“Probably impossible” for industry to achieve 10% ROE in 2016: Catlin

by Artemis on January 19, 2016

Ongoing pressure in the insurance and reinsurance sector suggests that achieving a 10% or greater return on equity across the industry is likely “impossible” as both underwriting and investment returns remain depressed, according to Stephen Catlin.

Property/casualty insurers and reinsurers have benefitted from the benign catastrophe environment in recent years, helping them to post more acceptable profitability. But the persistence of a host of market pressures as 2016 gets underway, suggests a difficult year ahead for the majority of industry participants.

Speaking with insurance and reinsurance ratings agency A.M. Best, Executive Deputy Chairman of XL Catlin, Stephen Catlin, predicted that a difficult 12 months are in line for the P&C industry as a whole, underlined by a “lucky” few years on cat losses, the inevitability that attritional loss ratios must rise, and a realisation that investment returns are to remain low.

As a result, “to achieve a 10% ROE for the industry as a whole for 2016, is probably now impossible,” said Catlin.

Towards the end of last year insurance and reinsurance market analysts and experts stressed that re/insurance entities were using reserve releases and the benign catastrophe loss environment to perhaps mask true profitability.

Warning that during 2016, with interest rates set to remain low, further rate declines across the majority of business lines expected, excess capacity and increased competition to persist and even intensify, that the challenges would begin to show in companies’ results.

“I do think we’ve been very lucky, really for the benign catastrophe experience that we’ve had, because if you look at the exposure it’s actually increased significantly,” said Tad Montross, Chairman and Chief Executive Officer (CEO), General Reinsurance Corporation (Gen Re), speaking to A.M. Best.

Montross highlights that in recent times the P&C industry has experienced an extremely positive prior year reserve run-off landscape, largely driven by the “very good accident years” between 2003 and 2007. However, “more recent accident years are not as well reserved, and in some classes of business we’re beginning to see a little bit of adverse development,” advised Montross.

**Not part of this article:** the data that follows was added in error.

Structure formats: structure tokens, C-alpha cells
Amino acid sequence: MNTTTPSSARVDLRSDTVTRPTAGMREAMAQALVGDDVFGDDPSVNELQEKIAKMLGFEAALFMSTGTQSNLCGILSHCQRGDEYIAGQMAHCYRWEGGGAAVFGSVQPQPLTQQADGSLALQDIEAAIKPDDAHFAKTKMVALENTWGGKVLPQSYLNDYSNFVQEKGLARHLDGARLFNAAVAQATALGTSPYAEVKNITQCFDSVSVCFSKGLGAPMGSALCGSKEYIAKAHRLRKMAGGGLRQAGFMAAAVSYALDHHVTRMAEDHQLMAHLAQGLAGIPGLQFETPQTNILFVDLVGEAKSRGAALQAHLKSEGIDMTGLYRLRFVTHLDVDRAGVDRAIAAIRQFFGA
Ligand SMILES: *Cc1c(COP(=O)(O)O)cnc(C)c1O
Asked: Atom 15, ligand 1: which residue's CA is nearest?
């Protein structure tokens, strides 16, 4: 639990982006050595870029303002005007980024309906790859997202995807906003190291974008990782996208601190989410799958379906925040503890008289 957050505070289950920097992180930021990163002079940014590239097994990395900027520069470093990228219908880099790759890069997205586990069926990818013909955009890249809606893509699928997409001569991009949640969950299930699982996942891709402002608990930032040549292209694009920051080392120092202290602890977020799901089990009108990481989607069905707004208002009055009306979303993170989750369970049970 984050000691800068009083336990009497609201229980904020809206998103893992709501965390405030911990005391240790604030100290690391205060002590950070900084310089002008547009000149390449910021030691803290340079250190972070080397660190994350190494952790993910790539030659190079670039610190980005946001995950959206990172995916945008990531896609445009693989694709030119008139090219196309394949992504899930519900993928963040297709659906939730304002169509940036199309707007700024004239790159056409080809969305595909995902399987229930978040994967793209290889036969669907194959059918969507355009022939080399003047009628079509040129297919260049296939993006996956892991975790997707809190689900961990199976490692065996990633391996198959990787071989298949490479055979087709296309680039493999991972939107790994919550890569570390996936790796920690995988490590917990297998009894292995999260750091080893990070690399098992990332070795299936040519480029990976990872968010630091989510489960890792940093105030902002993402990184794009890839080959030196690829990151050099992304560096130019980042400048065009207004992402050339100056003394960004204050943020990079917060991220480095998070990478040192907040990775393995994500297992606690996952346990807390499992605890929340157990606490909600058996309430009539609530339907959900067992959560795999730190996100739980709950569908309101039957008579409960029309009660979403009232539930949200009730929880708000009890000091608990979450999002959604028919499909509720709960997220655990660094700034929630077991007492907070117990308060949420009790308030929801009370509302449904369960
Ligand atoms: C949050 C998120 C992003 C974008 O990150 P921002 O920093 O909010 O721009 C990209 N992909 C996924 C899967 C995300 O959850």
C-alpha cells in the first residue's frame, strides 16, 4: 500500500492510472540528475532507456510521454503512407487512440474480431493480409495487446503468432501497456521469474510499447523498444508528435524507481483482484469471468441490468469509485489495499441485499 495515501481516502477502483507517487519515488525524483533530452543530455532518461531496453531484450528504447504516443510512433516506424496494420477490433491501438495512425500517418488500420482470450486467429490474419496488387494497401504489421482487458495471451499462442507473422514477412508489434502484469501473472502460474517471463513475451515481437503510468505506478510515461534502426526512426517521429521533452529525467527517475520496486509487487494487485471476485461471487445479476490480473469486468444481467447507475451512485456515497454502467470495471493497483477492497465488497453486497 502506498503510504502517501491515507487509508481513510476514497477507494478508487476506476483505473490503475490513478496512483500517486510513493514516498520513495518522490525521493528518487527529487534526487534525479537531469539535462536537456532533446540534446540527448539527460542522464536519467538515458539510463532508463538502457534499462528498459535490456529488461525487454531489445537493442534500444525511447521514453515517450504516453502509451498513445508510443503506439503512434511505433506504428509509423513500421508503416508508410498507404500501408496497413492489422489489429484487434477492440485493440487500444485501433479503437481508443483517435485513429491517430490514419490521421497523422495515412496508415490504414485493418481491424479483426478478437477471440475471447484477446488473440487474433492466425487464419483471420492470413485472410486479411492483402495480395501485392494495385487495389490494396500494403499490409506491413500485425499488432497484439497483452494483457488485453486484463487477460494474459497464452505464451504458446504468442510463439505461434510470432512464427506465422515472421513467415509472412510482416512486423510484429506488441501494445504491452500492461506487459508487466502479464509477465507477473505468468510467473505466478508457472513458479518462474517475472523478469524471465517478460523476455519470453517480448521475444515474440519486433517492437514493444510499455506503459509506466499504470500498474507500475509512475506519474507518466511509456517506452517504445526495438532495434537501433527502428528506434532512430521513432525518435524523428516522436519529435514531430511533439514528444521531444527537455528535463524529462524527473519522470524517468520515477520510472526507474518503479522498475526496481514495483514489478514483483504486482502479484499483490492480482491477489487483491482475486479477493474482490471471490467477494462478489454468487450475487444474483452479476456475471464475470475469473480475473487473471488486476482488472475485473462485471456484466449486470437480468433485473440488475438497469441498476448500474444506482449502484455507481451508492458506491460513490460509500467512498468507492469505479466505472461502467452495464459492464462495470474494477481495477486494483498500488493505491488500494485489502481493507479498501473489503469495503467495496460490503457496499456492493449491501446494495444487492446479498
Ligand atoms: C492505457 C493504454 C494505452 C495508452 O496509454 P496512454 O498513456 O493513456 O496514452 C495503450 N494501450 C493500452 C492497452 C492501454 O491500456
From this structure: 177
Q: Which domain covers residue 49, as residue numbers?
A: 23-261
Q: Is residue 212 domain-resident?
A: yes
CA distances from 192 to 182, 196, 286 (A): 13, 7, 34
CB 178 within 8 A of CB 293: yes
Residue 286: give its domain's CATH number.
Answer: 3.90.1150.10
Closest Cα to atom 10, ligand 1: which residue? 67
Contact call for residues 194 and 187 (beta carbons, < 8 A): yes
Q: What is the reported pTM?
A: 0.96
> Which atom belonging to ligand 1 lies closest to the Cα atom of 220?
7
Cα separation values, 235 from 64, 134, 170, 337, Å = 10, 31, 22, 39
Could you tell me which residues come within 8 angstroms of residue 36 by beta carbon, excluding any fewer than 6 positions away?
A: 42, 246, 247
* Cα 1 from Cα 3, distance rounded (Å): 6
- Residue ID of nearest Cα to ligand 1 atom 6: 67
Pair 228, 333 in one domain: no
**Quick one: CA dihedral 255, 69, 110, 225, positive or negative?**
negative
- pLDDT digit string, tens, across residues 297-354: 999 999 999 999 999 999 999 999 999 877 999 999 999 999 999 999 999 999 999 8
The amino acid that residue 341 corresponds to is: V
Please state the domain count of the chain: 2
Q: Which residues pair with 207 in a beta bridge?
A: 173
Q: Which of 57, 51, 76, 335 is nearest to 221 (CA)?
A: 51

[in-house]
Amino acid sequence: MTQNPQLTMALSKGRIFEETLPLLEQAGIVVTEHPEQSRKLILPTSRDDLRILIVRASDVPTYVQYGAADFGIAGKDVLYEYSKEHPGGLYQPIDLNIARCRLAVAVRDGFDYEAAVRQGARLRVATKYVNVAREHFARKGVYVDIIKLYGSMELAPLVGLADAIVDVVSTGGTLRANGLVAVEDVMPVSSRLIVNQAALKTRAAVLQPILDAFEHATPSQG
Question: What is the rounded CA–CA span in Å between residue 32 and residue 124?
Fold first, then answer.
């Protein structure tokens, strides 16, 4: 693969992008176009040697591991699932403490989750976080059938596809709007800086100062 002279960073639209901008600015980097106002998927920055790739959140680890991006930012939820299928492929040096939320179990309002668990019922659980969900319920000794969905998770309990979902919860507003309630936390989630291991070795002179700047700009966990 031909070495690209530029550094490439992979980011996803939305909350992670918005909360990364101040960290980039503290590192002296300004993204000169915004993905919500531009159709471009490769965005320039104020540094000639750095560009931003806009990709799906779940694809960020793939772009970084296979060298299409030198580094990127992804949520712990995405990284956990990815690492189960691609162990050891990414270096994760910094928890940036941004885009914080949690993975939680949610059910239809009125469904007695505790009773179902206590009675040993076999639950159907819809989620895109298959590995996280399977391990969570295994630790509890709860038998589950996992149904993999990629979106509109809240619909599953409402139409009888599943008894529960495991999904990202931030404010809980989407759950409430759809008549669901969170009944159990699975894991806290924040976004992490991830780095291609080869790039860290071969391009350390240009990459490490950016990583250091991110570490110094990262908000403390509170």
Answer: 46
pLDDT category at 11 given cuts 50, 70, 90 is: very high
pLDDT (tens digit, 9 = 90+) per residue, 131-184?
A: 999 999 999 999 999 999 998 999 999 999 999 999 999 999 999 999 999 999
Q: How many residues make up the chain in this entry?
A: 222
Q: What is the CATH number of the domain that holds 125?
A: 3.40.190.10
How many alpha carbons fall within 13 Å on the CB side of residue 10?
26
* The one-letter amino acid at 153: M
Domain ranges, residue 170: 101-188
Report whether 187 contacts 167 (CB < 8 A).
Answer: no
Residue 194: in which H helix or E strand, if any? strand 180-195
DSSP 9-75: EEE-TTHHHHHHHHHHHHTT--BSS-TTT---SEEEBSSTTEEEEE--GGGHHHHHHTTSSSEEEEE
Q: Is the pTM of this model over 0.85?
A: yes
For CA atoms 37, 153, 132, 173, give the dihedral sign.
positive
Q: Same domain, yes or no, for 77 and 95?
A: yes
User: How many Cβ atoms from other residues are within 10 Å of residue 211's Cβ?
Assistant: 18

The reality is that as true underwriting profits have become increasingly difficult to achieve, especially at a level that’s desirable to shareholders, insurers and reinsurers in the P&C sector have been able to bolster their balance sheets with prior year loss reserves.

But as highlighted by Montross, and also by Arch Capital Group Chairman, President, and CEO, Dinos Iordanou, as reserves begin to diminish owing to a possible over reliance in some quarters, and also the lack of cat events globally limiting firms’ abilities to top up reserves, the performance of some will likely begin to suffer.

Iordanou expanded on this point; “We are still dependant on reserve releases; we’re eating hay from the barn so to speak, that we have put away through the good years in the past decade. And as those reserves get exhausted I think the performance will suffer, and we’re starting to see some of those signs already in 2015 and I think that will continue in 2016.”

Montross added; “I don’t think we are going to see the level of positive prior year reserve run-off in the future, and I think we are going to see a normalisation on catastrophes. So, put all that together I think the industry’s got some real headwinds for 2016.”

The message from the executives is a clear and important one, then. Warning that as global catastrophe loss levels normalise somewhat, combined with the exhaustion of reserves, continued low interest rate environment and the challenges on the investment side of the business, 2016 is set to be another testing, and difficult year for the P&C industry as a whole.

This all points to lower underwriting profitability and the likelihood that RoE’s for individual firms, and the sector as a whole, will most likely come down further during 2016 as the ability to boost them through reserves diminishes, and the numerous other market challenges continue to drive insurance and reinsurance industry change.

Therefore a need to maintain discipline and patience, particularly on the underwriting side of the business will be paramount to achieving a successful 2016, or an ability to lower the cost of underwriting capital, in order to continue to operate profitably.

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